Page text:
How is the tax liability calculated in the case of the one-fifth rule under the EStG?

The quintuple regulation is a procedure in tax law. It is regulated in section 34 of the Income Tax Act (EStG). The quintile regulation effects in most cases that the Tax burden reduced in case of extraordinary income becomes. This is ensured by a special method of calculating the tax burden.

To determine the tax liability after receiving a severance payment or other extraordinary income, the Settlement amount by five shared. The result is added to the regular income. The tax administrator then compares the income tax resulting from the total income (including severance pay) with the income tax that would be due without the severance pay.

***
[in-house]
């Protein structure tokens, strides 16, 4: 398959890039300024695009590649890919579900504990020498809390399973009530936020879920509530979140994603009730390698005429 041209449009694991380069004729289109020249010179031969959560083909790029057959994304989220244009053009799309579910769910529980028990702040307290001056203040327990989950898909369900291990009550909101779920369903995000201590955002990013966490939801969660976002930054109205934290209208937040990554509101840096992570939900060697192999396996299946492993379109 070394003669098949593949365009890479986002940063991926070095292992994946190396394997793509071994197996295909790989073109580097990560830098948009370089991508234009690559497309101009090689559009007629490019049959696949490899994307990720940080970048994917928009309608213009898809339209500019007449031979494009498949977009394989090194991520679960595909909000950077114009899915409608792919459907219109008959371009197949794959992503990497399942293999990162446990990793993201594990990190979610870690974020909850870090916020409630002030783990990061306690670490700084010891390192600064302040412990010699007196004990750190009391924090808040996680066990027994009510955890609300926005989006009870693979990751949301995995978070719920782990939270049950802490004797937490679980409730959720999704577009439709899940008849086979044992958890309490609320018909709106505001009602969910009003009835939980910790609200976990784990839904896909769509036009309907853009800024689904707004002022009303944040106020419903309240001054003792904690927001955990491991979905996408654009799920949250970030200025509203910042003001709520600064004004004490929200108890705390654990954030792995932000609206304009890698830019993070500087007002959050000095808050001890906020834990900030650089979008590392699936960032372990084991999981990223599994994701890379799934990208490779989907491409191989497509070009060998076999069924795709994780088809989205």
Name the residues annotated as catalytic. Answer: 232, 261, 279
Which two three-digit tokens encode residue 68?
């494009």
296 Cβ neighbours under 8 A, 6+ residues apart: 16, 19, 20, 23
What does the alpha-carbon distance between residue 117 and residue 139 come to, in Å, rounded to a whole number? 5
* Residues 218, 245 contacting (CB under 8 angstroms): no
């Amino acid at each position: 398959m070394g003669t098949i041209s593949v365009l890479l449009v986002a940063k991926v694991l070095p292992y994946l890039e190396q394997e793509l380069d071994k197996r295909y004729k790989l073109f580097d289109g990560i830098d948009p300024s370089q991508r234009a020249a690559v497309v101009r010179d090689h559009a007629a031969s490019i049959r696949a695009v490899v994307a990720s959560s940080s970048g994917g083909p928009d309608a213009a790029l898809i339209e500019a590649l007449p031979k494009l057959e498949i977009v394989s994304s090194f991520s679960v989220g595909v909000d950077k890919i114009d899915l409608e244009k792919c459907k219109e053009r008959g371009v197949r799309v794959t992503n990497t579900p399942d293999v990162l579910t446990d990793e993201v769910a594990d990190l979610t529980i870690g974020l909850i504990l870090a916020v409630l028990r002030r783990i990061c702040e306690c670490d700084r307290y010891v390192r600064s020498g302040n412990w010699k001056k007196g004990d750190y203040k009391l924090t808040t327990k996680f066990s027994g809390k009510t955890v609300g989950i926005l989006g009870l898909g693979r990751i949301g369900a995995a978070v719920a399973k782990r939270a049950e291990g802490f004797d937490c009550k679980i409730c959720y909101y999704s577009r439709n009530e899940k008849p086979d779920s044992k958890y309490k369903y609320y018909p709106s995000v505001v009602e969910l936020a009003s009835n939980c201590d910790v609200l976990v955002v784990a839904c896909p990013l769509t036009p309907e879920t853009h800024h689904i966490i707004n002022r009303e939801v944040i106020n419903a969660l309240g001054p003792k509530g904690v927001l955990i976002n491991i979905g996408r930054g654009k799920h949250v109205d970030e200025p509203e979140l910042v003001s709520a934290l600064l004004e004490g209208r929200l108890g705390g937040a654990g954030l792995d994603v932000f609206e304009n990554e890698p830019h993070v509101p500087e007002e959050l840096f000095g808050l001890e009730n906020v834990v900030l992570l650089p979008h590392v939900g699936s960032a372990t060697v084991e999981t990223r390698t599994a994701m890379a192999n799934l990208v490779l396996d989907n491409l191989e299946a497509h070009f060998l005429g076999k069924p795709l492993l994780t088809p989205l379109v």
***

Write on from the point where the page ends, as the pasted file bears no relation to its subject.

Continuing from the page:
The difference between the tax burden on an income with and without severance pay is the additional tax burden that would have resulted if the employee had received only one fifth of the severance pay. The additional burden is therefore multiplied by a factor of five to obtain the income tax that would have been due on the severance pay.

This calculation usually leaves you with more of your severance pay and reduces the tax deductions. The quintile rule benefits especially Workers, who receives one Comparatively low income have, which leads to a low rate. Without a quintile system, they would be subject to a significantly higher tax rate. For high income workers, the difference is often less.

Five-percent regulation: Example for the reduced taxation of severance pay